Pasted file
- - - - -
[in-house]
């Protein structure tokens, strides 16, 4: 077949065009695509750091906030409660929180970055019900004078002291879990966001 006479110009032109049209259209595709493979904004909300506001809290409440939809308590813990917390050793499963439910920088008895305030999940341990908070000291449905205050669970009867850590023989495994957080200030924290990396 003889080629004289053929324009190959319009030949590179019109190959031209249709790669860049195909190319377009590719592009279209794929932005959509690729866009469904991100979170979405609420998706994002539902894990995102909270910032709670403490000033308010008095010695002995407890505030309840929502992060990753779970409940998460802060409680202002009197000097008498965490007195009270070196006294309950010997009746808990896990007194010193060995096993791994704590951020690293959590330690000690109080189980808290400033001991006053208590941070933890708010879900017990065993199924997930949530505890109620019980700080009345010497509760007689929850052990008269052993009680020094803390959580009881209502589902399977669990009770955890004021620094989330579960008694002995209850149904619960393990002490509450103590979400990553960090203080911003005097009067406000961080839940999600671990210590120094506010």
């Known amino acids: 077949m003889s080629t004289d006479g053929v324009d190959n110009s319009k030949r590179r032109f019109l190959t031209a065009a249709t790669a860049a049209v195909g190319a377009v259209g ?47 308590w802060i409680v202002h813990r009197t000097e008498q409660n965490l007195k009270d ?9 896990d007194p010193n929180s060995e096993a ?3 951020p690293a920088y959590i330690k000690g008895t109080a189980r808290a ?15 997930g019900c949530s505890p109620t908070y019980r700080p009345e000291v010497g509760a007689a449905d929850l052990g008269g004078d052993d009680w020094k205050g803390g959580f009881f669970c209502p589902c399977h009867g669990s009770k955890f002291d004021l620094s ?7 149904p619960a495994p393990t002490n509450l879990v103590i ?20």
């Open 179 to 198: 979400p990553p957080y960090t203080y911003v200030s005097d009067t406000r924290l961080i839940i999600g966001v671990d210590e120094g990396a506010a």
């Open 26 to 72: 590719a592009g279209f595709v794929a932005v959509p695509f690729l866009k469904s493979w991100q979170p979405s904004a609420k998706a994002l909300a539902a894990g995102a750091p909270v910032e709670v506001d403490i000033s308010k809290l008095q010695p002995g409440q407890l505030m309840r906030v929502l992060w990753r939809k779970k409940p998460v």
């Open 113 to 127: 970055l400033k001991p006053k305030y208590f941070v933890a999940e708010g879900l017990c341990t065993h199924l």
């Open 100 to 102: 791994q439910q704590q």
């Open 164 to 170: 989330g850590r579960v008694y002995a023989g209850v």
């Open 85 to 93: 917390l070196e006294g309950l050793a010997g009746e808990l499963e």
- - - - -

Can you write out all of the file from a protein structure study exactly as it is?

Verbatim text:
[in-house]
């Protein structure tokens, strides 16, 4: 077949065009695509750091906030409660929180970055019900004078002291879990966001 006479110009032109049209259209595709493979904004909300506001809290409440939809308590813990917390050793499963439910920088008895305030999940341990908070000291449905205050669970009867850590023989495994957080200030924290990396 003889080629004289053929324009190959319009030949590179019109190959031209249709790669860049195909190319377009590719592009279209794929932005959509690729866009469904991100979170979405609420998706994002539902894990995102909270910032709670403490000033308010008095010695002995407890505030309840929502992060990753779970409940998460802060409680202002009197000097008498965490007195009270070196006294309950010997009746808990896990007194010193060995096993791994704590951020690293959590330690000690109080189980808290400033001991006053208590941070933890708010879900017990065993199924997930949530505890109620019980700080009345010497509760007689929850052990008269052993009680020094803390959580009881209502589902399977669990009770955890004021620094989330579960008694002995209850149904619960393990002490509450103590979400990553960090203080911003005097009067406000961080839940999600671990210590120094506010």
């Known amino acids: 077949m003889s080629t004289d006479g053929v324009d190959n110009s319009k030949r590179r032109f019109l190959t031209a065009a249709t790669a860049a049209v195909g190319a377009v259209g ?47 308590w802060i409680v202002h813990r009197t000097e008498q409660n965490l007195k009270d ?9 896990d007194p010193n929180s060995e096993a ?3 951020p690293a920088y959590i330690k000690g008895t109080a189980r808290a ?15 997930g019900c949530s505890p109620t908070y019980r700080p009345e000291v010497g509760a007689a449905d929850l052990g008269g004078d052993d009680w020094k205050g803390g959580f009881f669970c209502p589902c399977h009867g669990s009770k955890f002291d004021l620094s ?7 149904p619960a495994p393990t002490n509450l879990v103590i ?20």
């Open 179 to 198: 979400p990553p957080y960090t203080y911003v200030s005097d009067t406000r924290l961080i839940i999600g966001v671990d210590e120094g990396a506010a």
């Open 26 to 72: 590719a592009g279209f595709v794929a932005v959509p695509f690729l866009k469904s493979w991100q979170p979405s904004a609420k998706a994002l909300a539902a894990g995102a750091p909270v910032e709670v506001d403490i000033s308010k809290l008095q010695p002995g409440q407890l505030m309840r906030v929502l992060w990753r939809k779970k409940p998460v």
């Open 113 to 127: 970055l400033k001991p006053k305030y208590f941070v933890a999940e708010g879900l017990c341990t065993h199924l």
């Open 100 to 102: 791994q439910q704590q």
């Open 164 to 170: 989330g850590r579960v008694y002995a023989g209850v």
């Open 85 to 93: 917390l070196e006294g309950l050793a010997g009746e808990l499963e």